15:13 GMT – Bush orders Defence Secretary Gates to start a “humanitarian mission headed by the U.S. military” in Georgia.

    This is a good site to keep track of the “other” side.  

  4. We are supporting the original aggressors, who are criticizing us for not acting sooner. Fine and good to send humanitarian aid, but then send it to both sides of the conflict  – Russian papers are reporting 2000+ civilian casualties from the first day of Georgia’s invasion into S. Ossetia!

    Russia is very possessive of its former republics – look how long the war in Chechnya lasted!  And this time Russian citizens were attacked (according to Russian papers), so the invasion is not surprising, and it is not something that the US (through Bush’s “diplomacy) can stop.  The EU might have a shot, but not us, not now.

    I’m against war in all forms, but who are Bush and co to criticize a military rebuttal after unleashing hell for no reason in Iraq?  No one will listen to them.  They are corrupt fools and world knows it.

    Yet another foolish foreign policy move – just in time to possibly mire us in a huge conflict during our elections!  I guess McCain’s military experience will come in handy during WW3.

  5. on the elite origins of neoliberalism in the 1970s.  I think it’s in “A Century of War.”  He’s studied the subject quite thoroughly.  He is probably also an adherent of the William I. Robinson/ Leslie Sklair “transnational capitalist class” thesis, that nations are today mere conduits for the movement of capital and so there is a transnational capitalist class pulling the strings.

    In this case, it appears that the transnational capitalist class has decided not to intervene in the dispute between Saakashvili and Russia.  Maybe they’ll intervene later, though.

    Eventually, given enough war and enough burning of those prized global oil reserves, we will wish for nuclear war as a safer and less painful mode of death than the starvation and heat prostration promised by abrupt climate change.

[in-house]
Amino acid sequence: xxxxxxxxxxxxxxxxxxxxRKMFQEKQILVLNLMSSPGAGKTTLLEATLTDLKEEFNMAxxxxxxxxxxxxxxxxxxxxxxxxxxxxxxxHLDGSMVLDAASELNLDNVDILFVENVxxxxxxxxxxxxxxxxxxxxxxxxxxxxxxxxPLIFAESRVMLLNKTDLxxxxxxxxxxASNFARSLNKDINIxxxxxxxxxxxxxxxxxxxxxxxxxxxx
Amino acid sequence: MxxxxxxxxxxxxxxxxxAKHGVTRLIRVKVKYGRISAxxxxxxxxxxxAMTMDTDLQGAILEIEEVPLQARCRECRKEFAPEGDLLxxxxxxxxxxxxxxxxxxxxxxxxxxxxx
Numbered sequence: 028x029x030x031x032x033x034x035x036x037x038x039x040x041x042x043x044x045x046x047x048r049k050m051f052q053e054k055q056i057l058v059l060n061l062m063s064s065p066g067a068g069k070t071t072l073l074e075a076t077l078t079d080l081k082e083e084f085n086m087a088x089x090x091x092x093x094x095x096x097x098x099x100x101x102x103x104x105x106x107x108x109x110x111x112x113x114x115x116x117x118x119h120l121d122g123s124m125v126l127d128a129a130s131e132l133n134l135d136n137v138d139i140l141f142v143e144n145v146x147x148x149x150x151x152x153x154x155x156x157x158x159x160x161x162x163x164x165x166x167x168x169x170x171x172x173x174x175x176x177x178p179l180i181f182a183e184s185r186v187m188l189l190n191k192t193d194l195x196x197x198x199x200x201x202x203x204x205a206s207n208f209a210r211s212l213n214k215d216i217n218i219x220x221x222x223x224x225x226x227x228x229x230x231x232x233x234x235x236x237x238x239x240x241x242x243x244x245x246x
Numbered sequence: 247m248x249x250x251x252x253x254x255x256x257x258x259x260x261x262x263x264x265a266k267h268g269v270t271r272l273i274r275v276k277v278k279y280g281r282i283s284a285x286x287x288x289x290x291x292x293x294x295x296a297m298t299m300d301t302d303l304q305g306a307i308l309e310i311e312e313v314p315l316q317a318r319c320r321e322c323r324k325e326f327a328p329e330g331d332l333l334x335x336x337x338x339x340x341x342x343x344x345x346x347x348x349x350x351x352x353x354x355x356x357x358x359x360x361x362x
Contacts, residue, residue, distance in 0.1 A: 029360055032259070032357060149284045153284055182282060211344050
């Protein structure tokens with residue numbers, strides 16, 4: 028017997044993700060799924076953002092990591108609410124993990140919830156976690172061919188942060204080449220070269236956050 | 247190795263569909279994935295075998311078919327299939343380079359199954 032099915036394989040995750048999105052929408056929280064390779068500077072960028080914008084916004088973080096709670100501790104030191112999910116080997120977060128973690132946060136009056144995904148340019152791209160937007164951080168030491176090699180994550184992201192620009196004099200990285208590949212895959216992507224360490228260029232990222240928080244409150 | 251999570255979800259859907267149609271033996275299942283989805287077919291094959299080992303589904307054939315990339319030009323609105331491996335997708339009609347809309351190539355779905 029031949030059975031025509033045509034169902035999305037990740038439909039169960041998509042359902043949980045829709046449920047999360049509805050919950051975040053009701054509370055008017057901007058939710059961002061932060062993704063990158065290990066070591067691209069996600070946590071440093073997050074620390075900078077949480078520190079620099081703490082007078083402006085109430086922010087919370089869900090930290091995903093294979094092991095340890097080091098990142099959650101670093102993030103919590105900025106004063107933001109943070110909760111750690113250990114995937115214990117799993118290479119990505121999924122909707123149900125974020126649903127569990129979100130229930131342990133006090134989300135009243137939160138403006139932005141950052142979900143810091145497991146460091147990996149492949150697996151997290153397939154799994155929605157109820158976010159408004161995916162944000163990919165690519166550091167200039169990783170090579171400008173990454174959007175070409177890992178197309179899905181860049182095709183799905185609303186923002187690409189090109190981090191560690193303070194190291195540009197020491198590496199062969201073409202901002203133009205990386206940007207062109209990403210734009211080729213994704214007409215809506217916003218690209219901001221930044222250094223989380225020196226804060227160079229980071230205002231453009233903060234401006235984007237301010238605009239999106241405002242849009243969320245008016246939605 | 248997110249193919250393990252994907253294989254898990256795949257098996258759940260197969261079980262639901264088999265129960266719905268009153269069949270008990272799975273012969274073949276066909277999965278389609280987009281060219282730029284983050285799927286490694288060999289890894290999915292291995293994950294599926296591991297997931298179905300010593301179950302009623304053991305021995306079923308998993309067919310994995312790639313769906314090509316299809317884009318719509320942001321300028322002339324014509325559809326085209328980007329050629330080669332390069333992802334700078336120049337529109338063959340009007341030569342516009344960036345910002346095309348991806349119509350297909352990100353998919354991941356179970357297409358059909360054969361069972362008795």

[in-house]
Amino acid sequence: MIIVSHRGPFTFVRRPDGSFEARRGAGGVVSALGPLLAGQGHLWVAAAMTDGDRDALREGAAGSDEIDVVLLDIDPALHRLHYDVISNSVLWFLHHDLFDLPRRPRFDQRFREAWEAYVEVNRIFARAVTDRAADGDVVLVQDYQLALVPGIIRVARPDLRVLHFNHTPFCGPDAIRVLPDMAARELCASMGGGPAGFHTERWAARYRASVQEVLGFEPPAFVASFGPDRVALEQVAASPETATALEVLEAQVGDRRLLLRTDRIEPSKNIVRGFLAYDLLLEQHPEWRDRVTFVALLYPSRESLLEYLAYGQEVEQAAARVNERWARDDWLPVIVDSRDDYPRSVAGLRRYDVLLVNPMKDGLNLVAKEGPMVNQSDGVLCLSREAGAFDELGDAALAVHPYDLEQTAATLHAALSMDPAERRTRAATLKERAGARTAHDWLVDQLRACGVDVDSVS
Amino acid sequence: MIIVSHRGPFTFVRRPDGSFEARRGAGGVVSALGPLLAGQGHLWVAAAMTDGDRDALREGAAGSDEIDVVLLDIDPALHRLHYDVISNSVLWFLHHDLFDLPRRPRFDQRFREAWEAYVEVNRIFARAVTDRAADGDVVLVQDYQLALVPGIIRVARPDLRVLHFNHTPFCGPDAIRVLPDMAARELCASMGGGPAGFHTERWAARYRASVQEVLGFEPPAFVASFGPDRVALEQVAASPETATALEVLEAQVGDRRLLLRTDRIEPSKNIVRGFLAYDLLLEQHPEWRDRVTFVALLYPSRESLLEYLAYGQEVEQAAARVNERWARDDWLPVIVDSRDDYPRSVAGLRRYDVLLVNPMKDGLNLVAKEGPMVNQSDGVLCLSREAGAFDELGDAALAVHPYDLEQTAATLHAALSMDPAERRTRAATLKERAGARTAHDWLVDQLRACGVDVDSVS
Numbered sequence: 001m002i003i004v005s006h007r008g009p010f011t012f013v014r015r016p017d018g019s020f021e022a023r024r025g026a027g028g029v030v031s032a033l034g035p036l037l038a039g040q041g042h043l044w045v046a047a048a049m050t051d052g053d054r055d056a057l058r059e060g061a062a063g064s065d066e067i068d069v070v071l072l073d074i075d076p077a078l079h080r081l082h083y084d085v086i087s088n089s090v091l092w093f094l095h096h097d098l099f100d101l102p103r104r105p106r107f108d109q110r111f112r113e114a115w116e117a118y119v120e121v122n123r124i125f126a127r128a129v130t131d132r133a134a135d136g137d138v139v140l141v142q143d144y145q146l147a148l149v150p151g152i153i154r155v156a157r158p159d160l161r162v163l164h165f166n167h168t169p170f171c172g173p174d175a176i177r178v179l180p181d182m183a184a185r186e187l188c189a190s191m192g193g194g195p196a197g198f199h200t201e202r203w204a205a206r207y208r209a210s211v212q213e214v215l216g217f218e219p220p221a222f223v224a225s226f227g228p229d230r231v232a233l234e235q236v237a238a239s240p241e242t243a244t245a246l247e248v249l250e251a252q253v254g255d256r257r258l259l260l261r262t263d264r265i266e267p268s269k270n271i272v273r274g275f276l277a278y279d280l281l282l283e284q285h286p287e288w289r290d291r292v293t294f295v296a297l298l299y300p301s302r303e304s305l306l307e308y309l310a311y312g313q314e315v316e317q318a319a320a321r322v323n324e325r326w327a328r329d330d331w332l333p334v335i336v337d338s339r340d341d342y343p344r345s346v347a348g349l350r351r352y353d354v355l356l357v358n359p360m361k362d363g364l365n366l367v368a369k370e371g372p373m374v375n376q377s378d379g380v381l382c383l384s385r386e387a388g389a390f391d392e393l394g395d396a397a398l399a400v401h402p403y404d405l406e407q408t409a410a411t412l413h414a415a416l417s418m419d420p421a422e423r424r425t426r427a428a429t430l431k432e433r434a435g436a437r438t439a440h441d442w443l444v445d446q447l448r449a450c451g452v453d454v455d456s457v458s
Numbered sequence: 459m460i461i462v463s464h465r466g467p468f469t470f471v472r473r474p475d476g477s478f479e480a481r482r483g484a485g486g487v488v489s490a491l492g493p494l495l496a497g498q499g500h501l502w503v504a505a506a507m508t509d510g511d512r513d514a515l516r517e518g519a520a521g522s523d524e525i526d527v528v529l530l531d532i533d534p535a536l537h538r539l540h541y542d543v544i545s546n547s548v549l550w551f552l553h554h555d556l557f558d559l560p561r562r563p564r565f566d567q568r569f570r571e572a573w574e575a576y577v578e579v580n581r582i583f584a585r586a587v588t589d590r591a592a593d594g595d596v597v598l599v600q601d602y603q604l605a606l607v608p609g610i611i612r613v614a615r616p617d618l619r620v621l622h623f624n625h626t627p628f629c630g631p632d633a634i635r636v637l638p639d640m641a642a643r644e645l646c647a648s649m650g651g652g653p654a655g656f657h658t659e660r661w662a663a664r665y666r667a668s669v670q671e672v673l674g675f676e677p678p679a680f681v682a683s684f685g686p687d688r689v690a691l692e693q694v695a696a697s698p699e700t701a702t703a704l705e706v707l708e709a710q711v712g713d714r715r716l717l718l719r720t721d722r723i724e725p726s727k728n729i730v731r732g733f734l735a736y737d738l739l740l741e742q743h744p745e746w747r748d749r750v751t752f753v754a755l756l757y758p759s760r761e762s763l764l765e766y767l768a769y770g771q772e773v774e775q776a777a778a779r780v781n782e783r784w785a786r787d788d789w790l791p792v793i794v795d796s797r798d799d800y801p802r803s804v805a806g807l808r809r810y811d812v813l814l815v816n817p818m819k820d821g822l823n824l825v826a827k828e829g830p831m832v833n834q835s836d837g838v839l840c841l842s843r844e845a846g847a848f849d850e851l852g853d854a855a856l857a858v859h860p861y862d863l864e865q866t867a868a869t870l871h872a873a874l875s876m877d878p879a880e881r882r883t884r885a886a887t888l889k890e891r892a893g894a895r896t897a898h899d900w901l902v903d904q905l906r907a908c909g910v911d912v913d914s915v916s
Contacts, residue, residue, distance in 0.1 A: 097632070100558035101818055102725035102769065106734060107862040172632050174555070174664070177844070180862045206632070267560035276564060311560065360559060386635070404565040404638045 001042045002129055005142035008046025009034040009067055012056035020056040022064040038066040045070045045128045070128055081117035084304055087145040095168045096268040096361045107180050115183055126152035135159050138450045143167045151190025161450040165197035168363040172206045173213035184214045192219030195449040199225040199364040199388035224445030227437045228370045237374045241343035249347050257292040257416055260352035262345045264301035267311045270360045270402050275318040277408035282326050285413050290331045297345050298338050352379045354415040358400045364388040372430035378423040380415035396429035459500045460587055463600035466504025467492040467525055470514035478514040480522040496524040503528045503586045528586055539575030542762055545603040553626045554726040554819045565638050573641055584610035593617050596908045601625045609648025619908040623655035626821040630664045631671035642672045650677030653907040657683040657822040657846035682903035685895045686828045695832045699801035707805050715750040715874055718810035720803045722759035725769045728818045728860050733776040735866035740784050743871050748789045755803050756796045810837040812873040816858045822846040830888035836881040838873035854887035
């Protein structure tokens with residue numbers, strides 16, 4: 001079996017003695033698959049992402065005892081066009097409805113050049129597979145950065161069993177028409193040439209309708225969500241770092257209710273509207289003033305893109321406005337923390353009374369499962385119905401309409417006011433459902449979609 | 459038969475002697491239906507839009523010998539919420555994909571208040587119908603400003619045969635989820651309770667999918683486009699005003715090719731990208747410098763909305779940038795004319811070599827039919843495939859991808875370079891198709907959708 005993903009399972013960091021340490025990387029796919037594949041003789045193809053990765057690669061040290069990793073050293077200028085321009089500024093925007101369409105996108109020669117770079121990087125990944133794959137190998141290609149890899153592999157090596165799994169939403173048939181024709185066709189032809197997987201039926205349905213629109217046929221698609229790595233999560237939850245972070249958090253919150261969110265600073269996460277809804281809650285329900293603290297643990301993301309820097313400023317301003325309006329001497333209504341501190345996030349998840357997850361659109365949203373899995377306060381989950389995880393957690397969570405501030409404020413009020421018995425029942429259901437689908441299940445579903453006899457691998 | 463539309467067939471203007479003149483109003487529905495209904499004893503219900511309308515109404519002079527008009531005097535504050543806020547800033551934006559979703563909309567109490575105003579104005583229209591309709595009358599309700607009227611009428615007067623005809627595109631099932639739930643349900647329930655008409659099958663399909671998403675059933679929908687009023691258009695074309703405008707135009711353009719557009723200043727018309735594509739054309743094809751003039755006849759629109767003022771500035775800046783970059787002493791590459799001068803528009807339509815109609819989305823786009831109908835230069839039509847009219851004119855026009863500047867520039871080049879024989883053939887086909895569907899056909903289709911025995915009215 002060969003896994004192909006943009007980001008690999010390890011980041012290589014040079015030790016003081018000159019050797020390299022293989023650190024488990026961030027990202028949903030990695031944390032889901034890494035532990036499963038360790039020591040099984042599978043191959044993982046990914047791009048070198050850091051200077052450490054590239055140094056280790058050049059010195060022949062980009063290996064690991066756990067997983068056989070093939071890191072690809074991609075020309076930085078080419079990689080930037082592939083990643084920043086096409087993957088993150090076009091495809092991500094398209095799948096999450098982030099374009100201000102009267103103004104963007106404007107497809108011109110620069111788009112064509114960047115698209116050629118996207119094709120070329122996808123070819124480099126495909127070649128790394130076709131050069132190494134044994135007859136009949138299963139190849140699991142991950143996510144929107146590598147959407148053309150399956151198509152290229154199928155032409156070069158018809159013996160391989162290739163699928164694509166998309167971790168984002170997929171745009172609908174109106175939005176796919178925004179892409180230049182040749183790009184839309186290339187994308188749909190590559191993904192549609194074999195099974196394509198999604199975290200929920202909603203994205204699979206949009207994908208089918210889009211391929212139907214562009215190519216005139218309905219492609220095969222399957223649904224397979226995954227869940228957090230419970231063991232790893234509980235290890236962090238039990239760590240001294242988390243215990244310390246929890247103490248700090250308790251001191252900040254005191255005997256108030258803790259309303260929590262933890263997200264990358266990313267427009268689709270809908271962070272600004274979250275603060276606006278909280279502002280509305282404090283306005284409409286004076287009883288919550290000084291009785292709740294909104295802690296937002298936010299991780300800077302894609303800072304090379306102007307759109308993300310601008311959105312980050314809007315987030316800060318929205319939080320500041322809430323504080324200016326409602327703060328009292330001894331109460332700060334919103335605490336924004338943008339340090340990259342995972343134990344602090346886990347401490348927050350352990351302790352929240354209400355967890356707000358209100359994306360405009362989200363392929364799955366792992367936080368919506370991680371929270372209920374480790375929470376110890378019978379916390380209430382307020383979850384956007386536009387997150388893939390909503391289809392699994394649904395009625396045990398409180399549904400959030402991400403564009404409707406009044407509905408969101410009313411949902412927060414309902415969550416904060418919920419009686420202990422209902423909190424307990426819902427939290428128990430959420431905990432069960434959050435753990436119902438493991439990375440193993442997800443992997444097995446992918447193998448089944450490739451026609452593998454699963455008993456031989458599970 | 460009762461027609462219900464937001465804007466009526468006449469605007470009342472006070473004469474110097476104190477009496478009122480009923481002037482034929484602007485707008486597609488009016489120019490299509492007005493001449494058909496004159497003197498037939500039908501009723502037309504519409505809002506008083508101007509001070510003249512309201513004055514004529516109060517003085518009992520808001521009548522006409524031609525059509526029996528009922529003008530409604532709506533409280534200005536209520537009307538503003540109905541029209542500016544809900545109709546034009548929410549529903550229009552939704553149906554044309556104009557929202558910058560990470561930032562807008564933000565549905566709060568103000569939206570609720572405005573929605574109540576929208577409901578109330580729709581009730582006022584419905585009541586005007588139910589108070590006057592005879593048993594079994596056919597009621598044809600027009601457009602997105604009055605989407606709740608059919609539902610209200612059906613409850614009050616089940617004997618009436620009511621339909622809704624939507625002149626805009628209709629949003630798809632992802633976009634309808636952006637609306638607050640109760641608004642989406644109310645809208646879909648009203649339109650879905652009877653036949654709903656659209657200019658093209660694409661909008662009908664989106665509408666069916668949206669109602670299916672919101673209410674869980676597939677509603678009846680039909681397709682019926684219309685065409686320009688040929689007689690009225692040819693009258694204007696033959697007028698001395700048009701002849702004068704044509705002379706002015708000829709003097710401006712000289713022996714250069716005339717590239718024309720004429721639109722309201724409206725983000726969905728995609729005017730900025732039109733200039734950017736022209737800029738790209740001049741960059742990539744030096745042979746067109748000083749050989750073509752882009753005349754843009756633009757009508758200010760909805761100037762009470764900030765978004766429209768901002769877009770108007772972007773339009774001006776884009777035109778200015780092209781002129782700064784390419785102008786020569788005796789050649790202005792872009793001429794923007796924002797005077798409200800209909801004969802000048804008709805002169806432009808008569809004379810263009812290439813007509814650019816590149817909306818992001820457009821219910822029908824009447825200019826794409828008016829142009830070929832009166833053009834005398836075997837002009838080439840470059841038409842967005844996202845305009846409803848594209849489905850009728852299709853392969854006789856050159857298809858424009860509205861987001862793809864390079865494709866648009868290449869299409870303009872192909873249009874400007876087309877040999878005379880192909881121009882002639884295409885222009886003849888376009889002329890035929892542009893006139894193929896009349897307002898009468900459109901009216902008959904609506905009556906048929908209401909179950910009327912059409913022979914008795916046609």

6. McCain adviser got money from Georgia

    By PETE YOST, Associated Press Writer

    2 hours, 3 minutes ago

    WASHINGTON – John McCain’s chief foreign policy adviser and his business partner lobbied the senator or his staff on 49 occasions in a 3 1/2-year span while being paid hundreds of thousands of dollars by the government of the former Soviet republic of Georgia.

    The payments raise ethical questions about the intersection of Randy Scheunemann’s personal financial interests and his advice to the Republican presidential candidate who is seizing on Russian aggression in Georgia as a campaign issue.

    McCain warned Russian leaders Tuesday that their assault in Georgia risks “the benefits they enjoy from being part of the civilized world.” . . . .

    • Edger on August 13, 2008 at 21:55

    Stratfor acknowledges Russia defeated US, not Georgian army in South Ossetia

    The USA acknowledged that Russia had virtually defeated the US, but not the Georgian army in South Ossetia. US instructors have spent four years training the Georgian army for an attack against Russian citizens. The US administration refused to help Saakashvili, because the true goal of the new game in the Caucasus is absolutely different.

    Experts of Stratfor, the so-called Shadow CIA, stated that the Russian army had not only preserved its battling capacity but also proved to the whole world that was it capable of defeating an armed enemy, trained by US instructors.